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Formulating Hair Conditioners: Hope and Hype
By: Ken Klein, Cosmetech Laboratories
Posted: April 19, 2006, from the May 2003 issue of Cosmetics & Toiletries.
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- From Cosmetics & Toiletries
- May 2003 issue, pg 28
- 3 pages
- Adobe PDF for download
- Printed copies mailed to you
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Hair conditioners are one of the most widely used products in the personal care arena. A recent perusal of two Web sites (www.ulta.com and www.drugstore.com) showed that there are more than 150 different SKUs (stock keeping units) out there to choose from. It certainly must be confusing to consumers – I know it is to me! There is probably no other personal care category that uses more “hype” words and makes more promises to users than the hair care industry. Some of the claims that I found are listed in the sidebar along with some common questions I can’t help but ask. These are what I call some amazing claims – hair is dead. It can’t be fed and doesn’t eat. If it was alive, then every time we got a haircut we would scream in pain and bleed to death!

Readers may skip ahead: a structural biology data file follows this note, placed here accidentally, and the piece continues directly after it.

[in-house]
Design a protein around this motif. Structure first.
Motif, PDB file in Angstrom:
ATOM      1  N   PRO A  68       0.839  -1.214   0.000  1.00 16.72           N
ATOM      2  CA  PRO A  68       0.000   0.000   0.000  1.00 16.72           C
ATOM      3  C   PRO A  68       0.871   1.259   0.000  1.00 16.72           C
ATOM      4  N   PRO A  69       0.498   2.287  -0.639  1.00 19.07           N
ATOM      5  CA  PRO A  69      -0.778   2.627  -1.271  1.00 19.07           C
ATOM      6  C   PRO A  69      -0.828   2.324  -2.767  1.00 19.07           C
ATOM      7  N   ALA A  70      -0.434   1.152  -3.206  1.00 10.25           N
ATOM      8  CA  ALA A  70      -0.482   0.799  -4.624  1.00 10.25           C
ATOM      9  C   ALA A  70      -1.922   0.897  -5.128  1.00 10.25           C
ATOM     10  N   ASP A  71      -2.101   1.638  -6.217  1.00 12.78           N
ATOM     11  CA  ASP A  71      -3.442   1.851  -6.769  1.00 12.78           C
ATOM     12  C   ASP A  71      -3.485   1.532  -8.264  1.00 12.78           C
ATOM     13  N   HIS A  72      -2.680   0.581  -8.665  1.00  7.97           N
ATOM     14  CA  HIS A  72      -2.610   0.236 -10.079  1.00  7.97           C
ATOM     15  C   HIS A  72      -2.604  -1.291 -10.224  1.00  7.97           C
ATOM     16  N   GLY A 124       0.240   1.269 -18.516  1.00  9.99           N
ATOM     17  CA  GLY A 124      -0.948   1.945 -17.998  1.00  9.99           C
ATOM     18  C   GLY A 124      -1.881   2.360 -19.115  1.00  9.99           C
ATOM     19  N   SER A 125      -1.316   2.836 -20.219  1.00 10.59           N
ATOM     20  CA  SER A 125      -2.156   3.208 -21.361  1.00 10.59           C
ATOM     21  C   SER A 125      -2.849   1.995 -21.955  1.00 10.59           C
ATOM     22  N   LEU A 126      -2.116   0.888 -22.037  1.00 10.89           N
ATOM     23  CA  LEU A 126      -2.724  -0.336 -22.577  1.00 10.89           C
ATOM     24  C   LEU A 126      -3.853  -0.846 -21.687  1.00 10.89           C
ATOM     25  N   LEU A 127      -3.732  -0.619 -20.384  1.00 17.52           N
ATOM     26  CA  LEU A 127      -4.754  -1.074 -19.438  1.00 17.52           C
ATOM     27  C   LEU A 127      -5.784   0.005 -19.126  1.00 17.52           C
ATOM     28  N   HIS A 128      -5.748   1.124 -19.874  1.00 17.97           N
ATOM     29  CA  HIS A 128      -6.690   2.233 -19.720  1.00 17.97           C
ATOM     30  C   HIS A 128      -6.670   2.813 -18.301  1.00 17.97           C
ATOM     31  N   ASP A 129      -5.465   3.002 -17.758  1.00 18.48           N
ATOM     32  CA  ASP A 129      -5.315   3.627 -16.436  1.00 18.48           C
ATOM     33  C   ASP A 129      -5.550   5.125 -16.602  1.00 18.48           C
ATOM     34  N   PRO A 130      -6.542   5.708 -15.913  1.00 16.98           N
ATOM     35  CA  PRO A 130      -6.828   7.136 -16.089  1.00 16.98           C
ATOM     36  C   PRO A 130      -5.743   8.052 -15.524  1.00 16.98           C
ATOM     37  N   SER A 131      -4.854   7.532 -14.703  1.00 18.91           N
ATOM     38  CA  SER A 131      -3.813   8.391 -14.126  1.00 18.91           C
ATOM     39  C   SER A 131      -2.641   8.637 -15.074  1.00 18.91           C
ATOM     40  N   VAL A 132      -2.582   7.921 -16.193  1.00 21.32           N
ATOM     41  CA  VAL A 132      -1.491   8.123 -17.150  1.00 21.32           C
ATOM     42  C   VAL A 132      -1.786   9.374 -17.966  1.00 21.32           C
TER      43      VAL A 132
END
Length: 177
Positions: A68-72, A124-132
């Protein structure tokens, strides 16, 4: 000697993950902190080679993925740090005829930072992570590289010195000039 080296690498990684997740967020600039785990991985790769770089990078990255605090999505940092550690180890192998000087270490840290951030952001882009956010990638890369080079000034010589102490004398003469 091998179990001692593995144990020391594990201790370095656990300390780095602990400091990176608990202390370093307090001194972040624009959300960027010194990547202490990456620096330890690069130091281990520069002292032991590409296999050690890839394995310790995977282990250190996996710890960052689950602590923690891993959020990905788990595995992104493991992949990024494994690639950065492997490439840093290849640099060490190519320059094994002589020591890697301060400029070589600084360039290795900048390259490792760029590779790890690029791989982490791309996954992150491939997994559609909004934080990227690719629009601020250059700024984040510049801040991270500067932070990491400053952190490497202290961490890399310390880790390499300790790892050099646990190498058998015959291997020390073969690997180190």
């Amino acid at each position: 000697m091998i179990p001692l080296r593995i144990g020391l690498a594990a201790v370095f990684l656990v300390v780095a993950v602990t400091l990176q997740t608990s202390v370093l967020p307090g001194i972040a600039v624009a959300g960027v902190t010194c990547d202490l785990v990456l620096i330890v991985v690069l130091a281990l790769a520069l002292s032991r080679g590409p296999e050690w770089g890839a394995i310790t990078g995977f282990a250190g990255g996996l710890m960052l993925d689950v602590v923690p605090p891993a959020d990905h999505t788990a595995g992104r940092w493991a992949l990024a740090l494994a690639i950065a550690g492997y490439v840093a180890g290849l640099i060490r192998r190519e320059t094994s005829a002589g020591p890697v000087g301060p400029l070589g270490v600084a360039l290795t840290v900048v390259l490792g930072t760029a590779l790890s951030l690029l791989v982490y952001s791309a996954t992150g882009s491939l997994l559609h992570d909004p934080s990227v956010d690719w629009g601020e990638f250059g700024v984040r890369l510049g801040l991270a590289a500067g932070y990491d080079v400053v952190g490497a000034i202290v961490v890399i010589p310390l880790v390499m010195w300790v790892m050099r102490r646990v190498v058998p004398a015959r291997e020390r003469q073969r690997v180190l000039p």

Table 1 is a simplistic (but fairly accurate) accounting of hair conditioner components. As you can see, this is a fairly simple formulation. While most hair conditioners are oil-in-water lotions designed to be applied to wet hair after shampooing then rinsed out, there are many variants on this theme. We see spray aqueous conditioners designed for squirming children, cream leave-in conditioners targeting heavily damaged permed or relaxed hair, mousses, oils and many, many other products and product forms.
This is only an excerpt of the full article that appeared in Cosmetics & Toiletries, but you can purchase the full-text version.